KOCHI: With the price of river sand going north, the beaches and coastal zones across the state have become hotbeds of illegal sand mining.
Some unscrupulous agents supplying sand for the construction sector are minting money by mixing the saline soil mined from the coast with river sand.
Express visited coastal areas in Malippuram, Njarackkal and Elamkunnapuzha in Ernakulam district where mining of sand from seashore is rampant. “People come in goods carrier autorickshaws early morning and take away sand in plastic bags. We suspect that these sand bags are taken to Aluva where they mix it with river sand. The locals extract sand for only filling low lying areas. We don’t know whether police and panchayat authorities are aware of such activities. They rarely come here,” said a Njarakkal resident who preferred anonymity.
According to environmentalist C N Joy, who is also the former general secretary of River Protection Council, the illegal sand mining from seashores is rampant throughout the coastal areas of the state.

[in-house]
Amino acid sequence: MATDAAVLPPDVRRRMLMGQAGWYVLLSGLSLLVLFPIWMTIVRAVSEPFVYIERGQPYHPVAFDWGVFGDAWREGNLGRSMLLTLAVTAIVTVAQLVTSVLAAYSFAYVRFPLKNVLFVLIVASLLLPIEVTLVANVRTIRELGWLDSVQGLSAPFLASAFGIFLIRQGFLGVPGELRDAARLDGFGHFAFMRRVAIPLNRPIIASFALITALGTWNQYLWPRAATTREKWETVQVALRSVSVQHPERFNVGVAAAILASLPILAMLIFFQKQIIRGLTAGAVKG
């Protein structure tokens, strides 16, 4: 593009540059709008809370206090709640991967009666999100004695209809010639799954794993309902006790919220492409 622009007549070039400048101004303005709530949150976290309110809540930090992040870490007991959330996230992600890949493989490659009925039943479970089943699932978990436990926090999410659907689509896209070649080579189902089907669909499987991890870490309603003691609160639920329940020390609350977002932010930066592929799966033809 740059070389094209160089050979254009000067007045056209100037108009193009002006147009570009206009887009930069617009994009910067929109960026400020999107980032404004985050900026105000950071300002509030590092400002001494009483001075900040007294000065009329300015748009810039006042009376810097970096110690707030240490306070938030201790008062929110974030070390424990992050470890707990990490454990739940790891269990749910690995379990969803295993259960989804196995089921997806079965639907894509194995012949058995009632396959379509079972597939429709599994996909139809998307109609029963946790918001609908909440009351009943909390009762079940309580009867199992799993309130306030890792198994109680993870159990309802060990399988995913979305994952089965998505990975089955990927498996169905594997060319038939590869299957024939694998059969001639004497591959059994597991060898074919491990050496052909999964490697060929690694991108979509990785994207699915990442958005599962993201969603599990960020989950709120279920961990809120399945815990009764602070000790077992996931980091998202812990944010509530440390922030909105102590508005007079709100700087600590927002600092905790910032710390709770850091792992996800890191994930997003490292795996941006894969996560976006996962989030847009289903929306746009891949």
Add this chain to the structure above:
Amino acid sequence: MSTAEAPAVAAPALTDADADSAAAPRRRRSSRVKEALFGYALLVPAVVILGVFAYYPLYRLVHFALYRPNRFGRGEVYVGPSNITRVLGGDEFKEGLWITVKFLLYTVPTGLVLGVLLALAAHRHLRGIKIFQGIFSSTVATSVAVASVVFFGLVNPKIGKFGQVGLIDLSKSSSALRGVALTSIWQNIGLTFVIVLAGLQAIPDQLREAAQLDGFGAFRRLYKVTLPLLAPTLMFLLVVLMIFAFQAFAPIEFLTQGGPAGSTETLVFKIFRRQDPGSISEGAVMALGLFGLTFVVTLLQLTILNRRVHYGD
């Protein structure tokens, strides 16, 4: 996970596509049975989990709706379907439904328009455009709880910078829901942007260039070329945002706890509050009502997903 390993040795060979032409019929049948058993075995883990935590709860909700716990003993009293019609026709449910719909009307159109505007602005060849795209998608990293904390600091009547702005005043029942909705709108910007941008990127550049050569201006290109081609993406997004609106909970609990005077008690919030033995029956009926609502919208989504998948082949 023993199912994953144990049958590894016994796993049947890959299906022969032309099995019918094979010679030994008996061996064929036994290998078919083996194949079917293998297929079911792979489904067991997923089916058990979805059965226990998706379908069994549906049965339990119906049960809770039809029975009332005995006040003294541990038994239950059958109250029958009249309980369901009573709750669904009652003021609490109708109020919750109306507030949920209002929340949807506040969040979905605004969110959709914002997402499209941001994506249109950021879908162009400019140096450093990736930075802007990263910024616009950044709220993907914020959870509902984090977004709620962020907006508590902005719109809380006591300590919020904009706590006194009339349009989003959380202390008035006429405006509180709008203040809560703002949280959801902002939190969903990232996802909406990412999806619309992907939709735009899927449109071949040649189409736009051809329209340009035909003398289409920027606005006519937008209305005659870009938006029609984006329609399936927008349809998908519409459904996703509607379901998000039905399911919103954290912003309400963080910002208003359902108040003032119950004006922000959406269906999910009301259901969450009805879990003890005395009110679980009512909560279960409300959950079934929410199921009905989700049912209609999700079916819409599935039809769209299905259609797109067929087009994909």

This sand which has the presence of salt will corrode the steel used for construction within a year. Though a concrete structure has a life span of more than 60 years, using this sand would invite disaster.
“Even if the sand mined from these areas are washed to remove the salt particles it cannot be used for construction activities. This illegal business started in Kerala when there was acute shortage of construction sand,” he said.
The price of river sand (per cuft) stands at Rs 75. The price was around Rs 60 a year ago. Even the M-sand, which cost Rs 28-30 two years ago now comes at Rs 40.
But local bodies, when questioned on illegal sand mining, are in a denial mode. Mulavukad grama panchayat president Divakaran said no sandmining has been reported from the area recently. Earlier, there where instances of sand being mined from waterbodies surrounding the panchayat. Police officials in Njarackal police station said that no such incident has been reported from Vypeen and Njarackal areas.
“We regularly see locals extracting sand in low quantity from beach for land filling. Since there is no sand yard in Njarackal and Vypeen, the mixing of saline sand with river sand is not taking place here. No case of sand mining have been registered at Njarrackal police station,” said a police official.
P Viswanath, general secretary of Government Contractor’s Joint Action Council, said that they have information that saline sand was used for the construction of a stadium in Kollam, which is getting ready to host the National Games.
“It is true that some contractors, for getting high profit use low quality sand including saline sand. Our association has barred members from such activities. But the government must take step to reduce price of sand,” Viswanath said.
(to be concluded)